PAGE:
Access Cards & Smartcards
Memory vs Microprocessor
Smart cards come in two varieties: memory and microprocessor. Memory cards simply store data and can be viewed as a small floppy disk with optional PIN security. A microprocessor card on the other hand, can add, delete and manipulate information in its memory on the card. Similar to a miniature computer, it contains a processor controlled by a card operating system with the ability to process data onboard as well as carrying small programs capable of local execution.
The main storage area in such cards is normally EEPROM (Electrically Erasable Programmable Read-Only Memory), which, subject to defined security constraints, can have its content updated and which retains its current contents when external power is removed. Newer smart card chips may also have maths co-processors integrated into the microprocessor chip. The enable the ability to perform quite complex encryption routines relatively quickly.
A smart card is therefore characterised uniquely by its chip. It has the ability to store much more data than is held on traditional magnetic stripes and all within an extremely secure environment. These security features built into smart card chips are amongst the most sophisticated of their type available in the commercial world. Data residing in the chip can be protected against external inspection or alteration extremely effectively. This enables the vital secret keys of the cryptographic systems, which are used to protect the integrity and privacy of card-related communications, can be held safely against all but the most sophisticated forms of attack. The ingenuity of the cryptographers further supplements the physical security of the chip, ensuring that penetrating one card's security does not compromise an entire card scheme.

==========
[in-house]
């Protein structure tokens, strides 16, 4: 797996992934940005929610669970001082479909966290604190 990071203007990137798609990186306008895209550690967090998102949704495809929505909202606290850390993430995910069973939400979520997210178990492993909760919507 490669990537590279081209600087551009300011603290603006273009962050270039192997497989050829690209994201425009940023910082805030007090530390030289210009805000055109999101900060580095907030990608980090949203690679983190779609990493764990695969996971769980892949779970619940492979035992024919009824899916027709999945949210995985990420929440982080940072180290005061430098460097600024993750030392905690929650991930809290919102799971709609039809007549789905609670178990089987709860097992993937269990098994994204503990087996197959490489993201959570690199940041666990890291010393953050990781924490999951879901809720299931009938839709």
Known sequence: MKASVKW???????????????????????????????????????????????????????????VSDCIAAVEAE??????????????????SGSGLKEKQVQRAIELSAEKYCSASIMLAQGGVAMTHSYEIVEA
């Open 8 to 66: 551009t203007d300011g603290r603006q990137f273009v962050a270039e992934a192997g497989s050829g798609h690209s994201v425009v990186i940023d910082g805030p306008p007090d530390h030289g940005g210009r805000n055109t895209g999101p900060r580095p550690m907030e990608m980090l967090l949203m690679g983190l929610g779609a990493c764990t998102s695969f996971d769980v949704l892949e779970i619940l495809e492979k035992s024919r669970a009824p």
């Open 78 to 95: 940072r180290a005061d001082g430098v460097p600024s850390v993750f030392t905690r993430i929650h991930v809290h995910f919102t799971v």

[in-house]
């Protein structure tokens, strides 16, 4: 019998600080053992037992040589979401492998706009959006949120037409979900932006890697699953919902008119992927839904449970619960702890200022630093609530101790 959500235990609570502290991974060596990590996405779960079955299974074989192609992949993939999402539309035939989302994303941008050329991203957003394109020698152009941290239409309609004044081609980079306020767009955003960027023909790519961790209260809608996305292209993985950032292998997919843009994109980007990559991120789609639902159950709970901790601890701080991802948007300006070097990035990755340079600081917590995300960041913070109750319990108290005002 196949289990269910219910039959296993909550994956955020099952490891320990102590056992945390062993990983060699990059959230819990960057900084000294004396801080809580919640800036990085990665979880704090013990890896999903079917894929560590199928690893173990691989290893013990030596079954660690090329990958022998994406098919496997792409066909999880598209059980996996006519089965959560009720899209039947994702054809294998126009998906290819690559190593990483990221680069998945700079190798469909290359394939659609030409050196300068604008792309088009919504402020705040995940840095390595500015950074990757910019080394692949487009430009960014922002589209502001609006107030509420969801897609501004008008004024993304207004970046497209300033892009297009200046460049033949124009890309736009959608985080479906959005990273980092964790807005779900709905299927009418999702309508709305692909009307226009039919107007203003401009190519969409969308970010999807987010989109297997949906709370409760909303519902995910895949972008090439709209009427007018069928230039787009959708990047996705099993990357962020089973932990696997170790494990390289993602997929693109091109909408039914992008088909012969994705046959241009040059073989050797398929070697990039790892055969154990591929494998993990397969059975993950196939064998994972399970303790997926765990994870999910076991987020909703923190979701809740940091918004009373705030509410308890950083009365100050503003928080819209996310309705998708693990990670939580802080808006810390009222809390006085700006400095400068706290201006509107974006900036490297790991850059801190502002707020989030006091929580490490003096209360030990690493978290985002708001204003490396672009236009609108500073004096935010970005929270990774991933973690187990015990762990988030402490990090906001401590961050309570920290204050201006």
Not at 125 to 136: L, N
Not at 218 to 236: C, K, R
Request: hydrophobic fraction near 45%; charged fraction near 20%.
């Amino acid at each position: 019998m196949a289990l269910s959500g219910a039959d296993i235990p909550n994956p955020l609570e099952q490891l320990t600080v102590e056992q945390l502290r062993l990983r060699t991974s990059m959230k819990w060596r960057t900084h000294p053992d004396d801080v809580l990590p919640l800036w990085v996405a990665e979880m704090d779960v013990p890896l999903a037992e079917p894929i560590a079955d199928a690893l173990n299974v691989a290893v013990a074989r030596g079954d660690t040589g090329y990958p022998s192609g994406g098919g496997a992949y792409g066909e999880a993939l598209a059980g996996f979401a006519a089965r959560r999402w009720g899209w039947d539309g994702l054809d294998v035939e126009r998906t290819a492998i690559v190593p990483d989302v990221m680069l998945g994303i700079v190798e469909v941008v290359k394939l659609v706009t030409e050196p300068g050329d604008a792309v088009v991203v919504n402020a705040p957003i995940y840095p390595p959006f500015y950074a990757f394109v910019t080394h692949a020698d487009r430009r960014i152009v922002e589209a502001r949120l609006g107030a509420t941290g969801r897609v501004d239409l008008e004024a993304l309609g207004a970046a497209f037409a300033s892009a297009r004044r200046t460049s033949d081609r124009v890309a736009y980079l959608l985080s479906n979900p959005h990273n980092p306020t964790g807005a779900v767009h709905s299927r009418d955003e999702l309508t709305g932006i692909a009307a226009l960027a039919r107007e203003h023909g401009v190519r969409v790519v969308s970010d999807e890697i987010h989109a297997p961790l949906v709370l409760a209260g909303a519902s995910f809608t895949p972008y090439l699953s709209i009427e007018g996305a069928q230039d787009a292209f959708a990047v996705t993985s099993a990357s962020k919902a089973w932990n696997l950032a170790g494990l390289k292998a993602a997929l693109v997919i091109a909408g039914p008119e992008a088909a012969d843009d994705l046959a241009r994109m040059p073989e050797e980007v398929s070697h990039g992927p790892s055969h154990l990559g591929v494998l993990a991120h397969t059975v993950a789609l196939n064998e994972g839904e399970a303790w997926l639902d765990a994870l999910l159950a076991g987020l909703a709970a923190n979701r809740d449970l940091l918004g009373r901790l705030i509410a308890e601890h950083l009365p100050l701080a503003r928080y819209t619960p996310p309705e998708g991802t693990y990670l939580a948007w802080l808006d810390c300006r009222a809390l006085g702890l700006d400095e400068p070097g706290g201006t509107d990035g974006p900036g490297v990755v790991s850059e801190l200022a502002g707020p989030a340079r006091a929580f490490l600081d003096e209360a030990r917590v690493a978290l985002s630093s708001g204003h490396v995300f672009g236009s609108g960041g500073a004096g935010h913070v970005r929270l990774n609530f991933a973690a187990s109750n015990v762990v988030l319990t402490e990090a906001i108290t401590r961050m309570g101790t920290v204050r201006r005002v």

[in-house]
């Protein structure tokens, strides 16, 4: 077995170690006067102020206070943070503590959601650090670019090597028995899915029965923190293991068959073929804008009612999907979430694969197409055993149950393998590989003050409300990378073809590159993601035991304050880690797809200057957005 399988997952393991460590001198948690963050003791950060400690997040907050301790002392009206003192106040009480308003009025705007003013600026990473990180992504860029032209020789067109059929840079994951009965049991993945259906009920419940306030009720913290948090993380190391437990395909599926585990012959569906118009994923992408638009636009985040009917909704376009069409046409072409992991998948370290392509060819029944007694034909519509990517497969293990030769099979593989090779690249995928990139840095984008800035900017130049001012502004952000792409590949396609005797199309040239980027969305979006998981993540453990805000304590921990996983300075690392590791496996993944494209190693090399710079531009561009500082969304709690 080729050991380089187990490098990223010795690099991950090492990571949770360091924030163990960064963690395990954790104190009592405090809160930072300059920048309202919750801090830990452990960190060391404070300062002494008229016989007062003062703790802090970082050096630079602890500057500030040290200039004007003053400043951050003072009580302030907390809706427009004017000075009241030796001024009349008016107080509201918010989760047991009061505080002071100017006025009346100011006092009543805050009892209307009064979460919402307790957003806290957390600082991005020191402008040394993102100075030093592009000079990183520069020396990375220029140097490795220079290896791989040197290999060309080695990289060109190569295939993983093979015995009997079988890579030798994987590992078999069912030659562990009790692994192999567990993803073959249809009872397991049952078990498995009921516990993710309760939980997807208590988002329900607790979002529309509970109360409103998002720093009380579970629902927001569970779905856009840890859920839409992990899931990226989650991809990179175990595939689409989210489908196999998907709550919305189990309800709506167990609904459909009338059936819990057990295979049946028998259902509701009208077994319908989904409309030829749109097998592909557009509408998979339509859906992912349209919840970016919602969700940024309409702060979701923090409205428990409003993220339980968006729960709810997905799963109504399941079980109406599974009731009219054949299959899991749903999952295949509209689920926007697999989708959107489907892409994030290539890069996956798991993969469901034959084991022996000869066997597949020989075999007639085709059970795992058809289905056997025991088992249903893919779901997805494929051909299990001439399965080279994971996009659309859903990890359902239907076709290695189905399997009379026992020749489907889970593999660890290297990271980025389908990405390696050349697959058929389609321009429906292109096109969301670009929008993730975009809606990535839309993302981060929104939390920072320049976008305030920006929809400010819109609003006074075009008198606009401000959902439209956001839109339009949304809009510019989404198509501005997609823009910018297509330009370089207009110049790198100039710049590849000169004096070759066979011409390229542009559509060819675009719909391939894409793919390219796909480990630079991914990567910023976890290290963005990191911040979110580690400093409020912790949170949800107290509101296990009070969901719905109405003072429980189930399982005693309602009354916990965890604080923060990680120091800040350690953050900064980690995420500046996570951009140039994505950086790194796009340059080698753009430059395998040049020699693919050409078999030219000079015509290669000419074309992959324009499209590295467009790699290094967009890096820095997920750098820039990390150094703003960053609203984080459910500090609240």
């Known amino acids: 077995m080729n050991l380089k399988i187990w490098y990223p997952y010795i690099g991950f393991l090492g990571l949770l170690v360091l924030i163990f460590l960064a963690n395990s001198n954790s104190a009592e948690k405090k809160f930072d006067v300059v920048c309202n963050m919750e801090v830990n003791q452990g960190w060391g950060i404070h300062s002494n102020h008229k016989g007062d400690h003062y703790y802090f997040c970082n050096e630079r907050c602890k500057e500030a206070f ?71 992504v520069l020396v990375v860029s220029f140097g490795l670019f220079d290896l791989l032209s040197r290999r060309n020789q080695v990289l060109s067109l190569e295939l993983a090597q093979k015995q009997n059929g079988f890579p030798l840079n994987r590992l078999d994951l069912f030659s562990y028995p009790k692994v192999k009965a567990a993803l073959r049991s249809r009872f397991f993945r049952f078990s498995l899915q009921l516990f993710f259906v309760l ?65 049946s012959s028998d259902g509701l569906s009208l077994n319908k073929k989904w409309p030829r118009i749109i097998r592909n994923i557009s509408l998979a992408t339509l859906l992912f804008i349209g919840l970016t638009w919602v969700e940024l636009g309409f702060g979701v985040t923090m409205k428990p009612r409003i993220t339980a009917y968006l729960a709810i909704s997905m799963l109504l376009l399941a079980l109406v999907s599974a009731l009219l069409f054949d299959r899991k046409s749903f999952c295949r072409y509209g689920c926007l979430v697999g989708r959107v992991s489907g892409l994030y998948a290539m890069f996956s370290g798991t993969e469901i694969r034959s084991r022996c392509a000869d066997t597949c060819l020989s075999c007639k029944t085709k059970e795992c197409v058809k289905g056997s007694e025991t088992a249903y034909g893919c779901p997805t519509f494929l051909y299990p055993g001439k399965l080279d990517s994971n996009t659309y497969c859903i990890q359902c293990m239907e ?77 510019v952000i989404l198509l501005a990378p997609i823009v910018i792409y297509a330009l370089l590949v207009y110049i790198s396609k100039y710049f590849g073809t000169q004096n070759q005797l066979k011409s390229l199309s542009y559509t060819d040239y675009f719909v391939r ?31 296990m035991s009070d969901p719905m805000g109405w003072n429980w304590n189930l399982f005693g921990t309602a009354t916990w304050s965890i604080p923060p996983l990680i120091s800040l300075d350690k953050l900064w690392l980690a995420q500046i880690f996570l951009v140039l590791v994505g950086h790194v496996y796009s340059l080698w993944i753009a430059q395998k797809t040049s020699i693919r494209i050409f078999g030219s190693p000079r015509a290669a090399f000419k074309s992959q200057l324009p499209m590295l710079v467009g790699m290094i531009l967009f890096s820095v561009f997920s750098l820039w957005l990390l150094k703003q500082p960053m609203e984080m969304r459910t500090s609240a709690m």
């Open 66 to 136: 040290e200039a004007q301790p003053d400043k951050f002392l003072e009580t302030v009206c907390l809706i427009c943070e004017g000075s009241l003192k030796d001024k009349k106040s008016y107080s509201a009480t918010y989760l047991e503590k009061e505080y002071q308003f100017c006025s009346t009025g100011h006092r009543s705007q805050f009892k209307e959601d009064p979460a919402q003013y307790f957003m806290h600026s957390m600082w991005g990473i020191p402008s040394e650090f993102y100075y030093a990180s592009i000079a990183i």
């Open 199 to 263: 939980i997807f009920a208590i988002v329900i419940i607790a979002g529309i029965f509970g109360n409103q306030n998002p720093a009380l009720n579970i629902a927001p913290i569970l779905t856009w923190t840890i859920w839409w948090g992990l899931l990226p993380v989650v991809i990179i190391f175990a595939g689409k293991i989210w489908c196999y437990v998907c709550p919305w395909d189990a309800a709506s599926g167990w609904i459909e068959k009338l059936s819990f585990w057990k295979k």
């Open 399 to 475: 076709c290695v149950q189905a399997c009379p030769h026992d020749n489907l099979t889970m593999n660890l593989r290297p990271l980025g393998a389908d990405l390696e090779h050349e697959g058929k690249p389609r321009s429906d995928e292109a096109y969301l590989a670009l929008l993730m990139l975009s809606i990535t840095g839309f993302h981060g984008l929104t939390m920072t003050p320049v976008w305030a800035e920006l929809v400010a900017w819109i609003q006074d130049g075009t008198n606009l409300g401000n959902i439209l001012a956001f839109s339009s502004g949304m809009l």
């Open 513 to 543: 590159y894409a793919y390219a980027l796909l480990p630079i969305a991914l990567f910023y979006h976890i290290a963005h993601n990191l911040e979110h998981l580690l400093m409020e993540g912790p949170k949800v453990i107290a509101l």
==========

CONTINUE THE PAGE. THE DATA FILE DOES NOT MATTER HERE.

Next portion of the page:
Contact vs Contactless
Smart cards have two different types of interface: contact and contactless. Contact smart cards have a visible chip plate and are inserted into a smart card reader, making physical contact between the reader and the chip plate on the card. Contactless smart cards have an embedded antenna that enables RFID communication with the reader without any physical contact. A dual-interface or combi card combines these two interfaces with a very high level of security (see below).
Twin/Hybrid vs Dual Interface/Combi
A twin card, sometimes referred to as a hybrid card, is a contactless card (like Mifare 1k for example) with a separate embedded contact chip. These cards are typically used in applications needing separate contact and contactless chip functions, but on the one card. Please contact us for further information on these products. Examples of products available include: Mifare together with - SLExxxx / ST / JAVA / AT24C / MPCOS / STARCOS. A dual interface/combi card uses a single chip for both contact and contactless applications. These are typically used where applications need to share a single chip for both contact and contactless applications, for example a shared e-purse.